The Digital Journalist
Foreword to
New York in the 70s
February 2004

by P.J. O'Rourke

The following is the foreword to Allan Tannenbaum's New York in the 70s, published by Feierabend Verlag, 272 pages, which includes a reminiscence by Yoko Ono.

People taking their clothes off, that was the important part of the 1970s. From 1969 to 1980, everything - art, music, literature, politics and (as we now know from lawsuits against the Catholic Church) religion - involved people takiing their clothes off. Given the clothes of the era, this was the modest alternative. Embarrassment began with people getting dressed. The Diane Von Furstenberg wrap looked like hell on dad. Mom joined a women's group. CBGB was awarded custody of the kids. Returning the ecology of certain areas to wilderness state is a faint, contemporary retro-fashion echo of the entire New York social fabric a generation ago. Those were the good times. And someday the aging cougars and wolves of Yellowstone Park will be saying the same thing. Never mind what happened to the herd of disco moose visible in the background of Allan Tannenbaum's photographs in SoHo Blues.

How did the 1970s become so wild? The squares did it. They got hip. I ought to know why because I came to New York in 1971 from Toledo, Ohio, but I was busy taking my clothes off, and I can't remember the reason we all turned funky and cool. It happened quickly, maybe when Nixon was in China and nobody was minding America's adults. Or maybe normalizing relations with one billion Chinese used up our nations supply of normal. Anyway, suddenly no one was too L-7 to be a hepcat. If you doubt it, turn to the last photos and see Roy Cohn, Senator Joe McCarthy's chief persecutor of degenerate commies, lounging at the Mudd Club between Halston and Steve Rubell.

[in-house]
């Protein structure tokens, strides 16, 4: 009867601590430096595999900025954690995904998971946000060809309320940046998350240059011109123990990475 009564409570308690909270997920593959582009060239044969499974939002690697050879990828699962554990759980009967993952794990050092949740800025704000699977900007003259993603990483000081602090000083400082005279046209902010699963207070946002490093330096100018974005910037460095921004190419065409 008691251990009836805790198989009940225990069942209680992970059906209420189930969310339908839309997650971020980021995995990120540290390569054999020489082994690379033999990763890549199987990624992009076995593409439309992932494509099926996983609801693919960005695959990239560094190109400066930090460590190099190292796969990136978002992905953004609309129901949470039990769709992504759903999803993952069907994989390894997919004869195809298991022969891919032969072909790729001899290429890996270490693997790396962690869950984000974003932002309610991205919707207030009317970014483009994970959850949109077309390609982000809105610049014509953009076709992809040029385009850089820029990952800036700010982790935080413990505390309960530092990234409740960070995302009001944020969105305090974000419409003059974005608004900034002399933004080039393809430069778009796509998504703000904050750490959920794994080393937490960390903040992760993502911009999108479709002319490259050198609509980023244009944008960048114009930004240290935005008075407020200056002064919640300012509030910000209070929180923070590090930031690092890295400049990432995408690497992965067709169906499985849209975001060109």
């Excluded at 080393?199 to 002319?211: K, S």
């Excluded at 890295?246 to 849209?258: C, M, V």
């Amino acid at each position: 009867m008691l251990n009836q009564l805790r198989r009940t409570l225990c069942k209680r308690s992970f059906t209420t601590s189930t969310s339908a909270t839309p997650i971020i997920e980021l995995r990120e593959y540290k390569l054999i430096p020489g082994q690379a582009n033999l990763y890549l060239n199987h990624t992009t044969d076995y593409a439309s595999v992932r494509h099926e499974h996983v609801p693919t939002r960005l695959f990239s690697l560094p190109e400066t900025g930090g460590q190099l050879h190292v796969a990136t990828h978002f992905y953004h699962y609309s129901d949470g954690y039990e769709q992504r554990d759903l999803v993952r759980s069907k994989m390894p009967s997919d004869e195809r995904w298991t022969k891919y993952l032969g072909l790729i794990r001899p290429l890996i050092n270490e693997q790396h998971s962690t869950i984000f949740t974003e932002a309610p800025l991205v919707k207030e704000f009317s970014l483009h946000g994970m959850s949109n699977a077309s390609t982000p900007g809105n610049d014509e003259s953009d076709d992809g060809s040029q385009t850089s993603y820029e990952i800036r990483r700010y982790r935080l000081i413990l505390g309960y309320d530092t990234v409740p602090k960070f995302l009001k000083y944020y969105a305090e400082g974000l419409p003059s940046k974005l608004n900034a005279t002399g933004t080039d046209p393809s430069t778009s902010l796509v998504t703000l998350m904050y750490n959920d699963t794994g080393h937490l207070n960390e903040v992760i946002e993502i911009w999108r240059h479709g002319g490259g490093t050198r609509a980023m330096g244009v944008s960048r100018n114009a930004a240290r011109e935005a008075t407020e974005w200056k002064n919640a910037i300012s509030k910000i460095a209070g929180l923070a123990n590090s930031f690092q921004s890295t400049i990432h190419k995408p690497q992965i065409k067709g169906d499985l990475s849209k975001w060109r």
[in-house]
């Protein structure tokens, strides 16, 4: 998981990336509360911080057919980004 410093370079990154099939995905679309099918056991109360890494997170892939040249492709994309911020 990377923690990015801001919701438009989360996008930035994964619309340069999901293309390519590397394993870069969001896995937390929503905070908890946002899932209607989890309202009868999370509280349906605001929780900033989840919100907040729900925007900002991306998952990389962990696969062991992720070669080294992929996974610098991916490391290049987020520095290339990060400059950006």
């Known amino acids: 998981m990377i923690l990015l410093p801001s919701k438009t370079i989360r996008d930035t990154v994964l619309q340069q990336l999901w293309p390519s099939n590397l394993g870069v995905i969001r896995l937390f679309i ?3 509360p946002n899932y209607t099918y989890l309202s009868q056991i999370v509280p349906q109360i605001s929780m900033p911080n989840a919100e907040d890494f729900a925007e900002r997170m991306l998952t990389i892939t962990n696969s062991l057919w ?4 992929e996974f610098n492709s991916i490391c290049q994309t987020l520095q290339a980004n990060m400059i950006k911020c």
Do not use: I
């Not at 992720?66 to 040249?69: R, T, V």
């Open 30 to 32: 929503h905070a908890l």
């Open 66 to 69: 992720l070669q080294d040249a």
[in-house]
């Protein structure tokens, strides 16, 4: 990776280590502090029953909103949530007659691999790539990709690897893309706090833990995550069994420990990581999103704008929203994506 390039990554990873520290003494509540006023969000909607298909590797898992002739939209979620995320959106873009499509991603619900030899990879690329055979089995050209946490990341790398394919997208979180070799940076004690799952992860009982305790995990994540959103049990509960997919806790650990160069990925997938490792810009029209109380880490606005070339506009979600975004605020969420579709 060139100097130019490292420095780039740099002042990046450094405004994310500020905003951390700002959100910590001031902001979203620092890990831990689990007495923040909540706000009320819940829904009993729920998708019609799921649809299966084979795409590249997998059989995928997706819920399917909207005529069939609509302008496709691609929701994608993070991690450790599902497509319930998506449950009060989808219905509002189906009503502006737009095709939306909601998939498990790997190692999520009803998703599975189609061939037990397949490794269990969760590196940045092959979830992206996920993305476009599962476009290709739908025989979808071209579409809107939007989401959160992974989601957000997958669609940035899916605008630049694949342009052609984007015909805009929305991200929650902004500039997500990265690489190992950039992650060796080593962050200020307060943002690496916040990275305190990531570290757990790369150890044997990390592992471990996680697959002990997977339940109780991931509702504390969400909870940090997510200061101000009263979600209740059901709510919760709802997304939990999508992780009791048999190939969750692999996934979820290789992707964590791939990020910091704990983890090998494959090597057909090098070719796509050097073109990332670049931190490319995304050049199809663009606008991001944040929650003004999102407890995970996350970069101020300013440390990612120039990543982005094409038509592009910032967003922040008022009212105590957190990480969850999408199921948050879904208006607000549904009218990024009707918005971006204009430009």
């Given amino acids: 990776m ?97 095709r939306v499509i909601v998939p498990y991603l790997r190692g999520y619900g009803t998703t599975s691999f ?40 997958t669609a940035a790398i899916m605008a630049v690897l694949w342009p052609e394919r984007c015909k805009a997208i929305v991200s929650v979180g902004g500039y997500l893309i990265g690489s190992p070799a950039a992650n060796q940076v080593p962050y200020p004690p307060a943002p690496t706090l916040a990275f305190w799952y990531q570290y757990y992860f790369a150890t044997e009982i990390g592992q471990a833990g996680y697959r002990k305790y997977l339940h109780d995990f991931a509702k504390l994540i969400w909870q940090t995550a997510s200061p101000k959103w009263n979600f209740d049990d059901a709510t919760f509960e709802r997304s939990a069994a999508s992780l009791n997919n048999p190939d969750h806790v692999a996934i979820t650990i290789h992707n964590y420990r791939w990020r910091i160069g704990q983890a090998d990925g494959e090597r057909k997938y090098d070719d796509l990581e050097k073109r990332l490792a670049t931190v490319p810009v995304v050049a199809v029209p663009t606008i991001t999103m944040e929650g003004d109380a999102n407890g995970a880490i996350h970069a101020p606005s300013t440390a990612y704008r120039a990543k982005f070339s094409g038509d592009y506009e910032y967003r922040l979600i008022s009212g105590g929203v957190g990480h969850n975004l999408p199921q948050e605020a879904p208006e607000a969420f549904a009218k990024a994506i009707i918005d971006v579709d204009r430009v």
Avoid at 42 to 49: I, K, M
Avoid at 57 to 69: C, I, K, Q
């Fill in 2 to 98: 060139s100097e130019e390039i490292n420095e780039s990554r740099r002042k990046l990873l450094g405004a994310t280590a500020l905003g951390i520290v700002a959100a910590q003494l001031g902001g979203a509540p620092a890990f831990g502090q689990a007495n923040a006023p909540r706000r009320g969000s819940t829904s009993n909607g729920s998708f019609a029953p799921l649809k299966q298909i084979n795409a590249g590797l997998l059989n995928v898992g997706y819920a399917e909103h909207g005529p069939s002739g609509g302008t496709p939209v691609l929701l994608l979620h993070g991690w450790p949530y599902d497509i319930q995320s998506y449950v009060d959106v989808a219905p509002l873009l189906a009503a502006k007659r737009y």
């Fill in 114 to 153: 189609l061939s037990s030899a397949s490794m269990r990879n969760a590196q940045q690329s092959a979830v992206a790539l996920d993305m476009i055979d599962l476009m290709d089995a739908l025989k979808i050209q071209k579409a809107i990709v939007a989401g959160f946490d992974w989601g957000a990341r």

The essence of hipness - besides sleeping until noon - is a knowing, clued-in superiority to average citizens. However, when the average citizens are hip... You see the problem the 1970s faced. Everybody was more wised-up than everybody else and nobody was awake to make the bagels. Also, hipsters are free spirits. They yearn to escape the bounds of conformity and act upon the innermost longing of the soul. The innermost longing of the soul - as we learned in the 1970s - is to snort cocaine naked. Thus there were ten years in New York with seven million people up all night, their ankles tangled in Fiorucci briefs, telling each other what was up. Every now and then they'd take a break and cover a subway car in graffiti. No wonder fiscal crisis ensued. Although, you'll recall, even President Gerald "Ford to City - Drop Dead" grew sideburns.

It ended badly, as anyone with a whole drug rehabilitation clinic named after his wife could have told you it would - fatal overdoses, AIDS infections, the release of "Kramer vs. Kramer". We were self-indulgent, permissive and lax in the 1970s - so unlike the self-sacraficing, conventional and disciplined Americans of the 1930s, 1940s and 1950s. And it's instructive to compare the important achievements of those serious decades to the trivialities that the 1970s produced:


  • Ugly George
  • Big, fat necktie knots
  • Disco Duck

1930s, 1940s, 1950s

  • The rise of fascism in Europe
  • The Holocaust and World War II
  • The H-bomb

So let's take our clothes off again and score some more tootski and keep the 1970s alive forever. A little nose candy gets those computer geeks laid at last, and they don't have the energy to cause a dot com bust. There's no Whitewater or Ken Starr with Clinton in Plato's Retreat full time, hundreds of Monicas on every side. George W. Bushy isn't in the White House either. A 1970s George W. Bush isn't born-again. He's wearing the front-hall drapes and a shaved head, selling chrysanthemums in airports. Saddam Hussein finds his true métier manning the door at Xenon. Yassar Arafat is a performance artist if ever there was one. It's a big night at the Mercer Arts Center as Yassar debuts "I Fold the Kaffiyeh". Ariel Sharon is in the audience, fresh from hosting "Saturday Night Live". And the 9/11 hijackers sleep through their flight departures. They were at Le Jardin until 3, admiring each others' mustaches.

© P.J. O'Rourke